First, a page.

This deal will mean zero-tariff trade for UK exporters with customers in New Zealand once the agreement enters into force early next year. It will also be easier for SMEs to access the New Zealand market as paperwork and red tape are reduced through modern provisions on digital trade.
This agreement is a great boost for trade in both goods and services with the growing Singapore market. It has the potential to set the standard and could be a beacon for other nations looking to establish these practices with the UK.
“Businesses in England will welcome the ambition of the Prime Minister that inches us closer to pre-pandemic trading conditions. However, for many firms, this move will not be without its challenges and Government must not pass public health decisions on to the business community, who are not public health experts."
New research carried out by the British Chambers of Commerce of more than 1,000 businesses has highlighted a host of issues with the UK’s trade deal with Europe. The BCC believes urgent steps should be taken to address these problems so the UK Government’s ambition to increase the number of firms exporting can be met.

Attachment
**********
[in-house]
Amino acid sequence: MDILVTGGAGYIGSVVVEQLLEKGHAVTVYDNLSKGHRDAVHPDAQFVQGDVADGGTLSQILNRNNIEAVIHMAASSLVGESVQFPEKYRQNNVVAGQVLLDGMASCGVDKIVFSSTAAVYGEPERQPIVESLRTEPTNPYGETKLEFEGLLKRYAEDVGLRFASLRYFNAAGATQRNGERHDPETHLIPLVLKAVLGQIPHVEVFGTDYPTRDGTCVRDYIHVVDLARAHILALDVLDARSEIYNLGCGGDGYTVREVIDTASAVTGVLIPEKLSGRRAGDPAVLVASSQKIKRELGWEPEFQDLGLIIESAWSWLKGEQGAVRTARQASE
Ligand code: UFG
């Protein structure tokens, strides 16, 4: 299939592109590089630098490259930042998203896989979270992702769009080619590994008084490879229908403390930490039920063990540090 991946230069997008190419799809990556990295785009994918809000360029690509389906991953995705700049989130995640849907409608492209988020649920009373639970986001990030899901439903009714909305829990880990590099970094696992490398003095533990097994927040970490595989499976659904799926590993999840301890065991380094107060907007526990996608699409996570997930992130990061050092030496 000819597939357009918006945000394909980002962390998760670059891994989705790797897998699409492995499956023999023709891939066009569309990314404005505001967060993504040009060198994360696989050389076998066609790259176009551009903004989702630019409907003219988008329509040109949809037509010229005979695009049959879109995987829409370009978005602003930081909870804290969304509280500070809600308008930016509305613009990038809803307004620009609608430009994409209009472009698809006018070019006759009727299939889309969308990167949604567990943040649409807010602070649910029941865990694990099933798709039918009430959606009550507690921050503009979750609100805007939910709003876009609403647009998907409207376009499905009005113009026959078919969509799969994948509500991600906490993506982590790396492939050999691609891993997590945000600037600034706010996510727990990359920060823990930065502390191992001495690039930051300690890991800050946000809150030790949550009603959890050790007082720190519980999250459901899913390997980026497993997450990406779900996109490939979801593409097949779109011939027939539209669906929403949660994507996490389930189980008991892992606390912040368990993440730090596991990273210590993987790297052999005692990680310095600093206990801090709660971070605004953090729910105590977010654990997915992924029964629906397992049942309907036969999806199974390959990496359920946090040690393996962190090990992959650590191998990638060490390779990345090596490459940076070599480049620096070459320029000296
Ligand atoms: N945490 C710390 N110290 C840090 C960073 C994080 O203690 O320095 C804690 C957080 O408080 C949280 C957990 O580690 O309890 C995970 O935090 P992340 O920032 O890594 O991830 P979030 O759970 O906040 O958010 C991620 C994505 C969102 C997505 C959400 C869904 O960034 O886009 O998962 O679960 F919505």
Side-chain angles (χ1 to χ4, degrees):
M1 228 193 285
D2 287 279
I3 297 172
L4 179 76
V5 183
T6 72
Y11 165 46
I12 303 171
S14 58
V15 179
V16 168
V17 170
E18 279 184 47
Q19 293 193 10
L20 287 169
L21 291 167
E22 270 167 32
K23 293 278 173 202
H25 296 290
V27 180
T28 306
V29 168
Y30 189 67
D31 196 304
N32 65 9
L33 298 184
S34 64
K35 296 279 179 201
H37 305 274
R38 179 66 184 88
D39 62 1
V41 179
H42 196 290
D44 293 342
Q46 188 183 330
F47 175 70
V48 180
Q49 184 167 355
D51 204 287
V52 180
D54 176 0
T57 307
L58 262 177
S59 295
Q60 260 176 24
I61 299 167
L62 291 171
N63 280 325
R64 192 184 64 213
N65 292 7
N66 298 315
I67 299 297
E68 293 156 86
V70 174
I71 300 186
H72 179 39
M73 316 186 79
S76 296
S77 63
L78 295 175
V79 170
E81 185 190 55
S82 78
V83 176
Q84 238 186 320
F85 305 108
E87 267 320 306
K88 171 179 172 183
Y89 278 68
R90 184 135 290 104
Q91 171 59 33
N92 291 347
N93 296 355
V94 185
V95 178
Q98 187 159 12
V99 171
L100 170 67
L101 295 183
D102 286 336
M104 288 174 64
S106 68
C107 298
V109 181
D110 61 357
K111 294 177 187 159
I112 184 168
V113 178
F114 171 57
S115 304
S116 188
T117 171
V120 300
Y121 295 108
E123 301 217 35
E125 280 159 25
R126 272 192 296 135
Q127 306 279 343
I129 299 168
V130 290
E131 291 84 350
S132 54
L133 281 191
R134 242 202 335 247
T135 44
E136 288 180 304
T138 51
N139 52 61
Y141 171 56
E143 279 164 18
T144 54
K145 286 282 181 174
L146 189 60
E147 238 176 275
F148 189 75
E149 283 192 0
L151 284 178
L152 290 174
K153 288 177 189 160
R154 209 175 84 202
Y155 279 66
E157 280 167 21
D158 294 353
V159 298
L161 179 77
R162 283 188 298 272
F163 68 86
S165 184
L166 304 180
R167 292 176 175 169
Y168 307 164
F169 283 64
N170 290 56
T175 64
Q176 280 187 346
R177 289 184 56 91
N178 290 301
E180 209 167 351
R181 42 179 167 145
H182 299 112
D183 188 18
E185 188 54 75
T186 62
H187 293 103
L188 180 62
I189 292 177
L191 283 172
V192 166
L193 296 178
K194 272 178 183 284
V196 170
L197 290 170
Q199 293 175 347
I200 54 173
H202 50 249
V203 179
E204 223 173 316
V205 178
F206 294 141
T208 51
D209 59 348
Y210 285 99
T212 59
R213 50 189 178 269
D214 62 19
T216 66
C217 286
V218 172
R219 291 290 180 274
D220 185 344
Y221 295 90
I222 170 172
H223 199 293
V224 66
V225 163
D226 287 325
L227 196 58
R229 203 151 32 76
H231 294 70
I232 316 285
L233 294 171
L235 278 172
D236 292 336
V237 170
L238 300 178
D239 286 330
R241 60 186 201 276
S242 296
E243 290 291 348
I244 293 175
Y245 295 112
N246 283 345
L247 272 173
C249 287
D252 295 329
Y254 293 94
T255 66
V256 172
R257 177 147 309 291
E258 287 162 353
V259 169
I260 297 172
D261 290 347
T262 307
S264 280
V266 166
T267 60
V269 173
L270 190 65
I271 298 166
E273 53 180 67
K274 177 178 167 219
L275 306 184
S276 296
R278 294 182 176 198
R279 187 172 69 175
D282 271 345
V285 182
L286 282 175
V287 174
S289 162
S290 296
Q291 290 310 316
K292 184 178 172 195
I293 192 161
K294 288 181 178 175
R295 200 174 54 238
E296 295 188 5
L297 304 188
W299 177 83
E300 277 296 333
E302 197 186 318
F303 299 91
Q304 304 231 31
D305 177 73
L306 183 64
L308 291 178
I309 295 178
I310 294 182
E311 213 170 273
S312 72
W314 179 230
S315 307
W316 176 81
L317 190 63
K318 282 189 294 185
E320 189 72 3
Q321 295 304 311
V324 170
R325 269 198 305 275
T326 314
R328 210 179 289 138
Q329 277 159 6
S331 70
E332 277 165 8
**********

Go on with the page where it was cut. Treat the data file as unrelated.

The increase in payroll employment in January suggests that Omicron had little effect on the UK labour market as demand for workers remained robust. While it is encouraging that payroll employment is rising and unemployment continues to fall, the strong headline figures masks significant underlying challenges.
A late 2021 upswing in UK goods trade, particularly in chemicals exports to Ireland, does not hide the significant room for improvement in trade needed if the UK is to make the most of its recovery from the depths of the pandemic in 2020.
While UK GDP growth held steady in the fourth quarter, the resilient headline figure masks a loss of momentum in the quarter from a strong November outturn to a fall in output in December as Omicron suffocated activity.
BCC has warned the Treasury of an impending ‘cost of doing business crisis’. A new survey of more than 1,000 businesses, showed that firms across the country are under intense pressure from a variety of costs. It found that prices were likely to rise as a result, further fuelling the cost-of-living crisis for households.